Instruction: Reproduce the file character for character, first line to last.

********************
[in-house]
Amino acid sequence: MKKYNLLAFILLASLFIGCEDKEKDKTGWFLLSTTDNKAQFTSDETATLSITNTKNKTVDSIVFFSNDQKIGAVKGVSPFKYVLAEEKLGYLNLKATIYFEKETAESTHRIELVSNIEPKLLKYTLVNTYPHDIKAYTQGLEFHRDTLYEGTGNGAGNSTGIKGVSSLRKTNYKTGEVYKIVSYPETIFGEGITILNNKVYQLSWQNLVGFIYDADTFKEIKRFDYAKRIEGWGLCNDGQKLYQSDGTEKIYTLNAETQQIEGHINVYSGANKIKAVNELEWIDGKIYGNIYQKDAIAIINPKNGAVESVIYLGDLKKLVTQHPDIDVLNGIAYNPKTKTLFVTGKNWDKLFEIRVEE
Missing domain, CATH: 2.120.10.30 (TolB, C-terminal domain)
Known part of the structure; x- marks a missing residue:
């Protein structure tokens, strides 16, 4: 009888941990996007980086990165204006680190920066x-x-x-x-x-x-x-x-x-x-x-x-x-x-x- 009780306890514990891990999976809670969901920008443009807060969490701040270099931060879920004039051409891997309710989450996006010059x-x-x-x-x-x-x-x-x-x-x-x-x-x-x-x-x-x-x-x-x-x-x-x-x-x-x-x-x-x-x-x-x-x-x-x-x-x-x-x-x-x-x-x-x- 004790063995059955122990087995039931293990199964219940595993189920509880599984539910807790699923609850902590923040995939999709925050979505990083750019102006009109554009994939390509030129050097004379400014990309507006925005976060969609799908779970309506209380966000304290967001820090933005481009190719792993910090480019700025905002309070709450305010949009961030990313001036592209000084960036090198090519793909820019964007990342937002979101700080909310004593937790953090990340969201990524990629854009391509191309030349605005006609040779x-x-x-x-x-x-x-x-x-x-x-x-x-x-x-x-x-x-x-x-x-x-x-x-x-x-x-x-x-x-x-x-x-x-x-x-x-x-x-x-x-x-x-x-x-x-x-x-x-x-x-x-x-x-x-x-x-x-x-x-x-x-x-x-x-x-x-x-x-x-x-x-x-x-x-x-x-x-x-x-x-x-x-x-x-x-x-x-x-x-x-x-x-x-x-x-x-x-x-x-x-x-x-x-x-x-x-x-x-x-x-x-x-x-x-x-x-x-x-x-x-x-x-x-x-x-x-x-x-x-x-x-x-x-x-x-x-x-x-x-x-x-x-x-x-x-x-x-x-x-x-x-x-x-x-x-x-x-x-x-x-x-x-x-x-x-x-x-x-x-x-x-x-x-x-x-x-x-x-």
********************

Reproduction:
[in-house]
Amino acid sequence: MKKYNLLAFILLASLFIGCEDKEKDKTGWFLLSTTDNKAQFTSDETATLSITNTKNKTVDSIVFFSNDQKIGAVKGVSPFKYVLAEEKLGYLNLKATIYFEKETAESTHRIELVSNIEPKLLKYTLVNTYPHDIKAYTQGLEFHRDTLYEGTGNGAGNSTGIKGVSSLRKTNYKTGEVYKIVSYPETIFGEGITILNNKVYQLSWQNLVGFIYDADTFKEIKRFDYAKRIEGWGLCNDGQKLYQSDGTEKIYTLNAETQQIEGHINVYSGANKIKAVNELEWIDGKIYGNIYQKDAIAIINPKNGAVESVIYLGDLKKLVTQHPDIDVLNGIAYNPKTKTLFVTGKNWDKLFEIRVEE
Missing domain, CATH: 2.120.10.30 (TolB, C-terminal domain)
Known part of the structure; x- marks a missing residue:
């Protein structure tokens, strides 16, 4: 009888941990996007980086990165204006680190920066x-x-x-x-x-x-x-x-x-x-x-x-x-x-x- 009780306890514990891990999976809670969901920008443009807060969490701040270099931060879920004039051409891997309710989450996006010059x-x-x-x-x-x-x-x-x-x-x-x-x-x-x-x-x-x-x-x-x-x-x-x-x-x-x-x-x-x-x-x-x-x-x-x-x-x-x-x-x-x-x-x-x- 004790063995059955122990087995039931293990199964219940595993189920509880599984539910807790699923609850902590923040995939999709925050979505990083750019102006009109554009994939390509030129050097004379400014990309507006925005976060969609799908779970309506209380966000304290967001820090933005481009190719792993910090480019700025905002309070709450305010949009961030990313001036592209000084960036090198090519793909820019964007990342937002979101700080909310004593937790953090990340969201990524990629854009391509191309030349605005006609040779x-x-x-x-x-x-x-x-x-x-x-x-x-x-x-x-x-x-x-x-x-x-x-x-x-x-x-x-x-x-x-x-x-x-x-x-x-x-x-x-x-x-x-x-x-x-x-x-x-x-x-x-x-x-x-x-x-x-x-x-x-x-x-x-x-x-x-x-x-x-x-x-x-x-x-x-x-x-x-x-x-x-x-x-x-x-x-x-x-x-x-x-x-x-x-x-x-x-x-x-x-x-x-x-x-x-x-x-x-x-x-x-x-x-x-x-x-x-x-x-x-x-x-x-x-x-x-x-x-x-x-x-x-x-x-x-x-x-x-x-x-x-x-x-x-x-x-x-x-x-x-x-x-x-x-x-x-x-x-x-x-x-x-x-x-x-x-x-x-x-x-x-x-x-x-x-x-x-x-």